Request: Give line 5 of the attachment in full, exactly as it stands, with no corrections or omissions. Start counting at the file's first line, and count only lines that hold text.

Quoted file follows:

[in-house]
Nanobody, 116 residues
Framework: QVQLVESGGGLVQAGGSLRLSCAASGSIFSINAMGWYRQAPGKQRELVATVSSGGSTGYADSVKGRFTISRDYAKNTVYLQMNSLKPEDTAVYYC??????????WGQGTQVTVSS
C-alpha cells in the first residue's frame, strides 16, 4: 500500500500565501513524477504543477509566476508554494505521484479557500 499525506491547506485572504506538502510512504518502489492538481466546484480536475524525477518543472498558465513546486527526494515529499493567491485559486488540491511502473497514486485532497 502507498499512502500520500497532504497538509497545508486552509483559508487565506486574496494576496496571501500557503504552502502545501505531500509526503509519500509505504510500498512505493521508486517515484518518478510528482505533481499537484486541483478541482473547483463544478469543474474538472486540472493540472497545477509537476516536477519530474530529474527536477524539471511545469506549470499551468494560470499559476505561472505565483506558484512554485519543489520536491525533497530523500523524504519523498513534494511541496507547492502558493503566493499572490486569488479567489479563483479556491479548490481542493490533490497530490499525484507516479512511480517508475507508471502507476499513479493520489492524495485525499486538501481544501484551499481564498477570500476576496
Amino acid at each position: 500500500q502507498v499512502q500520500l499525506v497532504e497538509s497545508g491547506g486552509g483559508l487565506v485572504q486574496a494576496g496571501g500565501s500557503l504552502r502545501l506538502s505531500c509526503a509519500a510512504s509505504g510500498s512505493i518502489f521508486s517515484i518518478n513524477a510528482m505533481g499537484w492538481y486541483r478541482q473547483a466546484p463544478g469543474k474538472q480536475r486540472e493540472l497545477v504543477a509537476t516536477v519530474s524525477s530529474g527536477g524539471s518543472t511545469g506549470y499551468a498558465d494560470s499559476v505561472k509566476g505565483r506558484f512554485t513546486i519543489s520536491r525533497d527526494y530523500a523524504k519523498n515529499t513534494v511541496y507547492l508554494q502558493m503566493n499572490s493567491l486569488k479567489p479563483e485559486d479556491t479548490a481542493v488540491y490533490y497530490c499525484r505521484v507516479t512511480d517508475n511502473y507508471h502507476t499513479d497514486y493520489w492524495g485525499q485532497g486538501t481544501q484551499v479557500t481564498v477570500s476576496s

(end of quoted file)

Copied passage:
Amino acid at each position: 500500500q502507498v499512502q500520500l499525506v497532504e497538509s497545508g491547506g486552509g483559508l487565506v485572504q486574496a494576496g496571501g500565501s500557503l504552502r502545501l506538502s505531500c509526503a509519500a510512504s509505504g510500498s512505493i518502489f521508486s517515484i518518478n513524477a510528482m505533481g499537484w492538481y486541483r478541482q473547483a466546484p463544478g469543474k474538472q480536475r486540472e493540472l497545477v504543477a509537476t516536477v519530474s524525477s530529474g527536477g524539471s518543472t511545469g506549470y499551468a498558465d494560470s499559476v505561472k509566476g505565483r506558484f512554485t513546486i519543489s520536491r525533497d527526494y530523500a523524504k519523498n515529499t513534494v511541496y507547492l508554494q502558493m503566493n499572490s493567491l486569488k479567489p479563483e485559486d479556491t479548490a481542493v488540491y490533490y497530490c499525484r505521484v507516479t512511480d517508475n511502473y507508471h502507476t499513479d497514486y493520489w492524495g485525499q485532497g486538501t481544501q484551499v479557500t481564498v477570500s476576496s